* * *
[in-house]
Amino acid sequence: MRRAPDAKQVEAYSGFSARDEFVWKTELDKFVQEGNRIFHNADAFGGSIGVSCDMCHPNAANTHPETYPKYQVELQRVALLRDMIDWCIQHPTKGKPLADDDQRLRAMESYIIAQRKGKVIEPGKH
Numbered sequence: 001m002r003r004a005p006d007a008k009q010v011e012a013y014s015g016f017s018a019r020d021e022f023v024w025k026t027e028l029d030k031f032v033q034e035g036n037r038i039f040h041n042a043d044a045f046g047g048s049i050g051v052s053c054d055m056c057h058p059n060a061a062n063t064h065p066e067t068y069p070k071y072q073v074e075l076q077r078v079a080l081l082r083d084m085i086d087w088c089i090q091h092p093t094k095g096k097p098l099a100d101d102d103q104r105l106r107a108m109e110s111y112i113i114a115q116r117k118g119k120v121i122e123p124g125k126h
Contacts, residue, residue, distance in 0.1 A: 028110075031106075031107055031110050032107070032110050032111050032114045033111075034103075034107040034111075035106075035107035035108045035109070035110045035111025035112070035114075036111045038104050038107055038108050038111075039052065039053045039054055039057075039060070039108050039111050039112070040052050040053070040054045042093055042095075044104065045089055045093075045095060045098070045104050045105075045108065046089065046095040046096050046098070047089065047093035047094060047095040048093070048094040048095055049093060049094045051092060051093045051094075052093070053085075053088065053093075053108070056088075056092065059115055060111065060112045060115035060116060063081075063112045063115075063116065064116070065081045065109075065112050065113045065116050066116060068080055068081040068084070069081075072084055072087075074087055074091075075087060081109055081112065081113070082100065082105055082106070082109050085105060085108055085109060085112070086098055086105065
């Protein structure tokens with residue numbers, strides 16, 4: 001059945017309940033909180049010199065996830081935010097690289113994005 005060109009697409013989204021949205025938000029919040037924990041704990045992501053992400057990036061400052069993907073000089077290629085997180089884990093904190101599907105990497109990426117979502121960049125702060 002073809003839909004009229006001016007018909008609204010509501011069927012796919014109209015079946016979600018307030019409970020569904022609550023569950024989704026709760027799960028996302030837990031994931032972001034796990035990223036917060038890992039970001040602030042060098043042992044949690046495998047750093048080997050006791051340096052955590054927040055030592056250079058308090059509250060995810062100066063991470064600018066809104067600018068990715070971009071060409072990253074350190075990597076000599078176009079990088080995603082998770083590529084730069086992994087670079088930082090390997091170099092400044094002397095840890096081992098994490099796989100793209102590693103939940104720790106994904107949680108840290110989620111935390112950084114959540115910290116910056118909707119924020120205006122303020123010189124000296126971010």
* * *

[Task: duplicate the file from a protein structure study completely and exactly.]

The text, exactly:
[in-house]
Amino acid sequence: MRRAPDAKQVEAYSGFSARDEFVWKTELDKFVQEGNRIFHNADAFGGSIGVSCDMCHPNAANTHPETYPKYQVELQRVALLRDMIDWCIQHPTKGKPLADDDQRLRAMESYIIAQRKGKVIEPGKH
Numbered sequence: 001m002r003r004a005p006d007a008k009q010v011e012a013y014s015g016f017s018a019r020d021e022f023v024w025k026t027e028l029d030k031f032v033q034e035g036n037r038i039f040h041n042a043d044a045f046g047g048s049i050g051v052s053c054d055m056c057h058p059n060a061a062n063t064h065p066e067t068y069p070k071y072q073v074e075l076q077r078v079a080l081l082r083d084m085i086d087w088c089i090q091h092p093t094k095g096k097p098l099a100d101d102d103q104r105l106r107a108m109e110s111y112i113i114a115q116r117k118g119k120v121i122e123p124g125k126h
Contacts, residue, residue, distance in 0.1 A: 028110075031106075031107055031110050032107070032110050032111050032114045033111075034103075034107040034111075035106075035107035035108045035109070035110045035111025035112070035114075036111045038104050038107055038108050038111075039052065039053045039054055039057075039060070039108050039111050039112070040052050040053070040054045042093055042095075044104065045089055045093075045095060045098070045104050045105075045108065046089065046095040046096050046098070047089065047093035047094060047095040048093070048094040048095055049093060049094045051092060051093045051094075052093070053085075053088065053093075053108070056088075056092065059115055060111065060112045060115035060116060063081075063112045063115075063116065064116070065081045065109075065112050065113045065116050066116060068080055068081040068084070069081075072084055072087075074087055074091075075087060081109055081112065081113070082100065082105055082106070082109050085105060085108055085109060085112070086098055086105065
């Protein structure tokens with residue numbers, strides 16, 4: 001059945017309940033909180049010199065996830081935010097690289113994005 005060109009697409013989204021949205025938000029919040037924990041704990045992501053992400057990036061400052069993907073000089077290629085997180089884990093904190101599907105990497109990426117979502121960049125702060 002073809003839909004009229006001016007018909008609204010509501011069927012796919014109209015079946016979600018307030019409970020569904022609550023569950024989704026709760027799960028996302030837990031994931032972001034796990035990223036917060038890992039970001040602030042060098043042992044949690046495998047750093048080997050006791051340096052955590054927040055030592056250079058308090059509250060995810062100066063991470064600018066809104067600018068990715070971009071060409072990253074350190075990597076000599078176009079990088080995603082998770083590529084730069086992994087670079088930082090390997091170099092400044094002397095840890096081992098994490099796989100793209102590693103939940104720790106994904107949680108840290110989620111935390112950084114959540115910290116910056118909707119924020120205006122303020123010189124000296126971010």